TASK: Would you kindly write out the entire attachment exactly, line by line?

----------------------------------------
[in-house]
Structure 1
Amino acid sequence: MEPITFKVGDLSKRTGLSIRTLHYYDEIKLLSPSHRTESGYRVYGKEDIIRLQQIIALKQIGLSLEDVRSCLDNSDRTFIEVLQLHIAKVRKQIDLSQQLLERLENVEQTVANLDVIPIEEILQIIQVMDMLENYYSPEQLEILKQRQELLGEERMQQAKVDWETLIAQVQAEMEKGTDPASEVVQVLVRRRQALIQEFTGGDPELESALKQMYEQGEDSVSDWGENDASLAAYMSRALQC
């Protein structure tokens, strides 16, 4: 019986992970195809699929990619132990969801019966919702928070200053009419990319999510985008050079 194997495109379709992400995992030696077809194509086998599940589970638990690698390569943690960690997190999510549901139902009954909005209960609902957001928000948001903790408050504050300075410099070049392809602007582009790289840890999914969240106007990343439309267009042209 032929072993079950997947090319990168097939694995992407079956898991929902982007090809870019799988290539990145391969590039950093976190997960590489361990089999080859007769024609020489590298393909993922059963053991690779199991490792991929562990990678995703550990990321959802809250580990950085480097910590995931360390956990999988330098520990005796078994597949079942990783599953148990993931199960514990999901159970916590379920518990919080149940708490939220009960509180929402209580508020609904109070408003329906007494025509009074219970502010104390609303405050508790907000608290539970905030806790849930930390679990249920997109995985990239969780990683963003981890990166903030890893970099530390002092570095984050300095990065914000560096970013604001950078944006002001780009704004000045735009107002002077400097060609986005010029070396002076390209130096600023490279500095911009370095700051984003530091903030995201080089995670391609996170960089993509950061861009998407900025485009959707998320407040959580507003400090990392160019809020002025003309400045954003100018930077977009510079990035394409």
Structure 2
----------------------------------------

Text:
[in-house]
Structure 1
Amino acid sequence: MEPITFKVGDLSKRTGLSIRTLHYYDEIKLLSPSHRTESGYRVYGKEDIIRLQQIIALKQIGLSLEDVRSCLDNSDRTFIEVLQLHIAKVRKQIDLSQQLLERLENVEQTVANLDVIPIEEILQIIQVMDMLENYYSPEQLEILKQRQELLGEERMQQAKVDWETLIAQVQAEMEKGTDPASEVVQVLVRRRQALIQEFTGGDPELESALKQMYEQGEDSVSDWGENDASLAAYMSRALQC
């Protein structure tokens, strides 16, 4: 019986992970195809699929990619132990969801019966919702928070200053009419990319999510985008050079 194997495109379709992400995992030696077809194509086998599940589970638990690698390569943690960690997190999510549901139902009954909005209960609902957001928000948001903790408050504050300075410099070049392809602007582009790289840890999914969240106007990343439309267009042209 032929072993079950997947090319990168097939694995992407079956898991929902982007090809870019799988290539990145391969590039950093976190997960590489361990089999080859007769024609020489590298393909993922059963053991690779199991490792991929562990990678995703550990990321959802809250580990950085480097910590995931360390956990999988330098520990005796078994597949079942990783599953148990993931199960514990999901159970916590379920518990919080149940708490939220009960509180929402209580508020609904109070408003329906007494025509009074219970502010104390609303405050508790907000608290539970905030806790849930930390679990249920997109995985990239969780990683963003981890990166903030890893970099530390002092570095984050300095990065914000560096970013604001950078944006002001780009704004000045735009107002002077400097060609986005010029070396002076390209130096600023490279500095911009370095700051984003530091903030995201080089995670391609996170960089993509950061861009998407900025485009959707998320407040959580507003400090990392160019809020002025003309400045954003100018930077977009510079990035394409």
Structure 2